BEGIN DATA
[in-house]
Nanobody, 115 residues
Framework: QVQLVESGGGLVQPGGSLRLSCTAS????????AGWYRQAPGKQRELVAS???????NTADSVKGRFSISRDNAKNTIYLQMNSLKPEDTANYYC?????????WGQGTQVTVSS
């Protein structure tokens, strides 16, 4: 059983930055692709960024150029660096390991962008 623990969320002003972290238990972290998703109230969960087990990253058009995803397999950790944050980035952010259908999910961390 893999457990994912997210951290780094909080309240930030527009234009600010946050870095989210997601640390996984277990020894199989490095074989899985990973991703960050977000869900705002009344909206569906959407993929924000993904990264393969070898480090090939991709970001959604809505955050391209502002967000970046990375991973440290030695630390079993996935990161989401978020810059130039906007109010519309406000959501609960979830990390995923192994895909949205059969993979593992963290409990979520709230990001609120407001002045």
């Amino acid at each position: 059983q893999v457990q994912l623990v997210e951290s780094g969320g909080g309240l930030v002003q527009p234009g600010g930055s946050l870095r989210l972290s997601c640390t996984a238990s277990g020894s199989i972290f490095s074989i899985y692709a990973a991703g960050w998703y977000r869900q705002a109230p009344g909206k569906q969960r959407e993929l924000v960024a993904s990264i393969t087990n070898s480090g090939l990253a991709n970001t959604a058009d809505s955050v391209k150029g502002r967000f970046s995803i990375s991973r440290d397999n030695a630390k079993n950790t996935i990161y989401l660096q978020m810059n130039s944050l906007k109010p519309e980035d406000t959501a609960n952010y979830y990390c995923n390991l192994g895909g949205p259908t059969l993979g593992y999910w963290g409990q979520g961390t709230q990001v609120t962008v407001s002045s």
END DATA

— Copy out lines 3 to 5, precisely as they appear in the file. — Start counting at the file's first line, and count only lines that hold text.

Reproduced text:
Framework: QVQLVESGGGLVQPGGSLRLSCTAS????????AGWYRQAPGKQRELVAS???????NTADSVKGRFSISRDNAKNTIYLQMNSLKPEDTANYYC?????????WGQGTQVTVSS
């Protein structure tokens, strides 16, 4: 059983930055692709960024150029660096390991962008 623990969320002003972290238990972290998703109230969960087990990253058009995803397999950790944050980035952010259908999910961390 893999457990994912997210951290780094909080309240930030527009234009600010946050870095989210997601640390996984277990020894199989490095074989899985990973991703960050977000869900705002009344909206569906959407993929924000993904990264393969070898480090090939991709970001959604809505955050391209502002967000970046990375991973440290030695630390079993996935990161989401978020810059130039906007109010519309406000959501609960979830990390995923192994895909949205059969993979593992963290409990979520709230990001609120407001002045």
């Amino acid at each position: 059983q893999v457990q994912l623990v997210e951290s780094g969320g909080g309240l930030v002003q527009p234009g600010g930055s946050l870095r989210l972290s997601c640390t996984a238990s277990g020894s199989i972290f490095s074989i899985y692709a990973a991703g960050w998703y977000r869900q705002a109230p009344g909206k569906q969960r959407e993929l924000v960024a993904s990264i393969t087990n070898s480090g090939l990253a991709n970001t959604a058009d809505s955050v391209k150029g502002r967000f970046s995803i990375s991973r440290d397999n030695a630390k079993n950790t996935i990161y989401l660096q978020m810059n130039s944050l906007k109010p519309e980035d406000t959501a609960n952010y979830y990390c995923n390991l192994g895909g949205p259908t059969l993979g593992y999910w963290g409990q979520g961390t709230q990001v609120t962008v407001s002045s």